5 Jan 2010 by Jim Fickett.
Today I bought shares in Heinz (HNZ, the ketchup and convenience food conglomerate), transferring 1% of my portfolio from cash to this stock. This is a global stock, not too dependent on the US and participating in emerging markets growth; paying a good dividend; and not currently overvalued.
Here is the case for Heinz:
(1) The current dividend yield is attractive, at 4%. No cash account comes close to that.
(2) Heinz is on the right side of one of biggest current trends: the global middle class moving gradually from small mom-and-pop neighborhood stores to supermarkets, and from traditional to convenience foods.
(3) Heinz is not too dependent on the US economy. 60% of sales are outside the US. 15% of sales are in emerging markets, with 10% growth in the last year. The company seems to be quite successful at entering new markets and crossing cultural boundaries (often by acquiring already-popular local brands). (Points in this paragraph are based on data in the Winter 2009 Investor Presentation.)
(4) Unlike many stocks today, this one is not overvalued. Since 1996 it has traded in the range 29-55, and is right about in the middle now, at 43. Thus it seems likely that if one has a little patience concerning the time to sell, it will be possible to get out with some capital appreciation.
(5) In a slow-growth environment, as I expect over the next year or two, convenience foods should still do reasonably well. In an inflationary environment, as I expect longer-term, a dividend stock should do better than a bond (physical assets and business expertise preserve their value better than a fixed number of dollars).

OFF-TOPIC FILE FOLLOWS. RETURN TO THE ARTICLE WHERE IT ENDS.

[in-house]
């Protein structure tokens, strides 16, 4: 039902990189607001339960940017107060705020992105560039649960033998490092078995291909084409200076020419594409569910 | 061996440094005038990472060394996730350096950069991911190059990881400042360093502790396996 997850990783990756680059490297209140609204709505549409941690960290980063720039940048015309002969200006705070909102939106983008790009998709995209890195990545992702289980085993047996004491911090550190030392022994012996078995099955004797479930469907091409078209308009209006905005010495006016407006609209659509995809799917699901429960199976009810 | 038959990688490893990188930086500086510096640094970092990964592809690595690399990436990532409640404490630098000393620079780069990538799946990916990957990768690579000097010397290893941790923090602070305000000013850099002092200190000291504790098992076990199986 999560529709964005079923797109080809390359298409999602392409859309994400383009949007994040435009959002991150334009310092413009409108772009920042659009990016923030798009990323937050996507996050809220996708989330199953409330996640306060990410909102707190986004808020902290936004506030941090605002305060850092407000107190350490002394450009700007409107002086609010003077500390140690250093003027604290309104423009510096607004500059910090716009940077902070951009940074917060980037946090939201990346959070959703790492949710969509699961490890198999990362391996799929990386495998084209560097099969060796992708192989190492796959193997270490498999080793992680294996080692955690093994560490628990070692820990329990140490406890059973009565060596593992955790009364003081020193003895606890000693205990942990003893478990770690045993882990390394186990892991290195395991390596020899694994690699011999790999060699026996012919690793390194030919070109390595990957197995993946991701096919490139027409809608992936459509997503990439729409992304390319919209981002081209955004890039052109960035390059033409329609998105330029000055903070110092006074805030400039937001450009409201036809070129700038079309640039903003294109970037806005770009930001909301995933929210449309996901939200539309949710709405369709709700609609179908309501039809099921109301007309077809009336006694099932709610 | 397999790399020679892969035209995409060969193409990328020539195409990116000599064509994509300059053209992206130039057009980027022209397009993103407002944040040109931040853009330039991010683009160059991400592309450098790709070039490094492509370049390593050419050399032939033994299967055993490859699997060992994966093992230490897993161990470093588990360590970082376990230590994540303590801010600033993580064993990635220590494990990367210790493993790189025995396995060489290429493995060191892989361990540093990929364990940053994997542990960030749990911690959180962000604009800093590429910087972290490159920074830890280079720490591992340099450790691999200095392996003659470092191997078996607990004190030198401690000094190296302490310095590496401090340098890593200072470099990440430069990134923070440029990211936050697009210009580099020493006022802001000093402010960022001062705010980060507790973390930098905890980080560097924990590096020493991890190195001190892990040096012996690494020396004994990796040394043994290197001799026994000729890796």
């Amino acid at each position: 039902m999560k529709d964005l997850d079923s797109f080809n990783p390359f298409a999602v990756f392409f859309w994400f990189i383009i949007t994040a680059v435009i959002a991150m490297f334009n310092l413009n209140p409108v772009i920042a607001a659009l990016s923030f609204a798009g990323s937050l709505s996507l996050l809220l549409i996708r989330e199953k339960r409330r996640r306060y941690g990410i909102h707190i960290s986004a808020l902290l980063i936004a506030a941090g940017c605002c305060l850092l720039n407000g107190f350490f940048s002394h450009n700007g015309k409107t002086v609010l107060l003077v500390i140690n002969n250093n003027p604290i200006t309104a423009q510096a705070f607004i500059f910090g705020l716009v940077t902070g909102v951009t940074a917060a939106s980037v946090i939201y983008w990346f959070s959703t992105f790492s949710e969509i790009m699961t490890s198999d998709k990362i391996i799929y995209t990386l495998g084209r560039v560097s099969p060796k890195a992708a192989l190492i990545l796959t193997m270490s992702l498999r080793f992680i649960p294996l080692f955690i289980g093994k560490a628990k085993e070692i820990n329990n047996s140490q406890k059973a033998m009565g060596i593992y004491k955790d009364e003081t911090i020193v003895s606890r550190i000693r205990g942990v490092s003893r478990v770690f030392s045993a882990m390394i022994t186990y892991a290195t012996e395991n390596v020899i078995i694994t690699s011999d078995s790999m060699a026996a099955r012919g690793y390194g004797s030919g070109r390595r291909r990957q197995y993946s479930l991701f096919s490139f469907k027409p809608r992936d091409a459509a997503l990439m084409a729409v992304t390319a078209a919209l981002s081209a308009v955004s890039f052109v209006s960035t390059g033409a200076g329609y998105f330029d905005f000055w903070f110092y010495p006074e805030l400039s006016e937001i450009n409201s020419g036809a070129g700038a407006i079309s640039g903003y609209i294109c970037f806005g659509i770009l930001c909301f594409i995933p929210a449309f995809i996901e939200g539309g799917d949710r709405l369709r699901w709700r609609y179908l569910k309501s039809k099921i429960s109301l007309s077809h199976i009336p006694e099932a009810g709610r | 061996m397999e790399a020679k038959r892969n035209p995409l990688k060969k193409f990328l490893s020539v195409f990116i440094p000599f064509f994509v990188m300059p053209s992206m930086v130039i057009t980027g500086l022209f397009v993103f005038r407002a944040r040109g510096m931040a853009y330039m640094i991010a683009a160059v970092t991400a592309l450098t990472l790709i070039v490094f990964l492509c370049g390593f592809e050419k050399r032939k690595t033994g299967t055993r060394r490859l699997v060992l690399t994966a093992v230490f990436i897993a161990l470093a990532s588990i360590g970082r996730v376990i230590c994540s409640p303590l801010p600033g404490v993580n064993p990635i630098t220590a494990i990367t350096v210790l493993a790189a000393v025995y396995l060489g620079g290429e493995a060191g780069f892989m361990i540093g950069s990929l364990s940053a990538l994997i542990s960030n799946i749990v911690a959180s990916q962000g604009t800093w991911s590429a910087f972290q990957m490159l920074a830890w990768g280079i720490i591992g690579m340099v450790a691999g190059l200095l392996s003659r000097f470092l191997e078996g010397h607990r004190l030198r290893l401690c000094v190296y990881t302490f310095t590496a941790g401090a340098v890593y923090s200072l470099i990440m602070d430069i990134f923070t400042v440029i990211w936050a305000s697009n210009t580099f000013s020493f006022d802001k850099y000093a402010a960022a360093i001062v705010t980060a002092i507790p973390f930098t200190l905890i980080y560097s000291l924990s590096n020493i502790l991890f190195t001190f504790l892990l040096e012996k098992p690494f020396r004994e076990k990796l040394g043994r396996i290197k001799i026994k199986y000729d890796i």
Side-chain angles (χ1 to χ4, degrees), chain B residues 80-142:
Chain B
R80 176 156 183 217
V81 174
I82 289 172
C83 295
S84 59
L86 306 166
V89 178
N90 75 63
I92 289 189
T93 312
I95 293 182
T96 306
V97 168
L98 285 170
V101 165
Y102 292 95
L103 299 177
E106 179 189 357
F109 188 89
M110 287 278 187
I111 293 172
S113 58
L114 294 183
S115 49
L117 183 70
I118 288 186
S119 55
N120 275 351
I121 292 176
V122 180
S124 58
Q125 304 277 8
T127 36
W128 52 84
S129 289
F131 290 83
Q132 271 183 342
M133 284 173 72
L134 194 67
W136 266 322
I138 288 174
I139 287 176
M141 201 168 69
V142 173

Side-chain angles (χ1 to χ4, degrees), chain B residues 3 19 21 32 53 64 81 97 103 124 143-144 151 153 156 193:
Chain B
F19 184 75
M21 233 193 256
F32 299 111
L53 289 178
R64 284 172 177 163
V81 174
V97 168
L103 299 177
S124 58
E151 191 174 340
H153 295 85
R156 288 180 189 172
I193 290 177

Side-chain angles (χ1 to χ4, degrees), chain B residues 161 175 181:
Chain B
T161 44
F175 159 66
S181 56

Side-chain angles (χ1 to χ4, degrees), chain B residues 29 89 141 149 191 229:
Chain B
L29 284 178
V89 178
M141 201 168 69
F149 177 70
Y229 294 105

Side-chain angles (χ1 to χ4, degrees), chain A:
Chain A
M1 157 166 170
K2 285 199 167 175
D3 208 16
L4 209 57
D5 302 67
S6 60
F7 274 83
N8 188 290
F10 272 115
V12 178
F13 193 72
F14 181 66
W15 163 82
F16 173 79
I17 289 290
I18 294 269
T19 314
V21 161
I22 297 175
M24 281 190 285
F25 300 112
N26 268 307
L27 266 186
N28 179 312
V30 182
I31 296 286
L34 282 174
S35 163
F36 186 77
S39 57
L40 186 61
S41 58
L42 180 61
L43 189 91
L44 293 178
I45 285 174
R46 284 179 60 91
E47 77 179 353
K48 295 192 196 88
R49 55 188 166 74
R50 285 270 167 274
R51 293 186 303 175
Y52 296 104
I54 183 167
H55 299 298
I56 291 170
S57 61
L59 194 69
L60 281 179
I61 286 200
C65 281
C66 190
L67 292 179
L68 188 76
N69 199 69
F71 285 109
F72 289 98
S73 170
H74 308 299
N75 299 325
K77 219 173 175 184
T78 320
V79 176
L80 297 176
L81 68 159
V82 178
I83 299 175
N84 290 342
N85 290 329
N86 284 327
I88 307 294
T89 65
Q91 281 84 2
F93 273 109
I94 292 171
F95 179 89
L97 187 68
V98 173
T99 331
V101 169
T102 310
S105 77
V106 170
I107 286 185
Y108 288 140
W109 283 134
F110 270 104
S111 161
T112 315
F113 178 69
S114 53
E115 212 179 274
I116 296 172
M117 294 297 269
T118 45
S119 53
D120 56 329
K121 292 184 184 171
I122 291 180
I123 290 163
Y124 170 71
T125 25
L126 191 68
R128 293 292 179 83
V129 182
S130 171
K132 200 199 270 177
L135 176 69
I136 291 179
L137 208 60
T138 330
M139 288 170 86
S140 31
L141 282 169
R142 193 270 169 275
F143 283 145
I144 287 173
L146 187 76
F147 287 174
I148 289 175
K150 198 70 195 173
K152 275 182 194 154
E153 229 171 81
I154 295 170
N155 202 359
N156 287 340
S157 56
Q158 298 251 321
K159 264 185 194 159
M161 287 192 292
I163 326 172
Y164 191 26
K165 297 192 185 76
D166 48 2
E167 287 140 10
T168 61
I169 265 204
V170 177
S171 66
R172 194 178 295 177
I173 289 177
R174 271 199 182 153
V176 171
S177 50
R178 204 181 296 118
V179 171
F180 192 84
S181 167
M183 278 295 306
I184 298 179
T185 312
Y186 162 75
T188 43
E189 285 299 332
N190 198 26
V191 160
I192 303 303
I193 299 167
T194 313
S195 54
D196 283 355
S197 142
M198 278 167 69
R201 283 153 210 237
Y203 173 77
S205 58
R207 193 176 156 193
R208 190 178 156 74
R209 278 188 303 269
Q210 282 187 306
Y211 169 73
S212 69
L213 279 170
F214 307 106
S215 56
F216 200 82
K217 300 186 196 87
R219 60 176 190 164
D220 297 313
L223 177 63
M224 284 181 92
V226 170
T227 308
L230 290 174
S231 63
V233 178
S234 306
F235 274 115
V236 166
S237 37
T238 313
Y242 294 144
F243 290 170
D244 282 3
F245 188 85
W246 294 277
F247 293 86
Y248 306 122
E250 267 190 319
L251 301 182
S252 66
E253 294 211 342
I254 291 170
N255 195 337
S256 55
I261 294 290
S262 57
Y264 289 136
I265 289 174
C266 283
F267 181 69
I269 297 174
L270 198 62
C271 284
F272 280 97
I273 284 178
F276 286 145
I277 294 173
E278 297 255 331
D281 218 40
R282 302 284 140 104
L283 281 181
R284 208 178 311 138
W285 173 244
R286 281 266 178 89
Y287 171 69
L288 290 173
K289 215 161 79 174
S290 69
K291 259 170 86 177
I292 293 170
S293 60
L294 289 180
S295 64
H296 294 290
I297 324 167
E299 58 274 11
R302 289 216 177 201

In the last Investment post, I tried to explain why buying some stocks now might make sense, even if the market is over-valued. James Hamilton, an economist who writes at the Econbrowser blog, said it better than I did:
That doesn't mean you should never buy when the P/E exceeds its historical average. If you buy at those times, you may expect to earn a return below the average historical real yield of 5.5% per year, but it could be that this lower return of, say, 4% would still be better than you can get anywhere else, and good enough for your saving objectives.
I think stocks will be lower sometime this year, but I may be wrong, and the above argument justifies hedging my bets by buying some stocks now. The actual returns depend on many things, of course. In the case of Heinz I expect a small (currently 2%) inflation-adjusted return and hopefully some capital appreciation.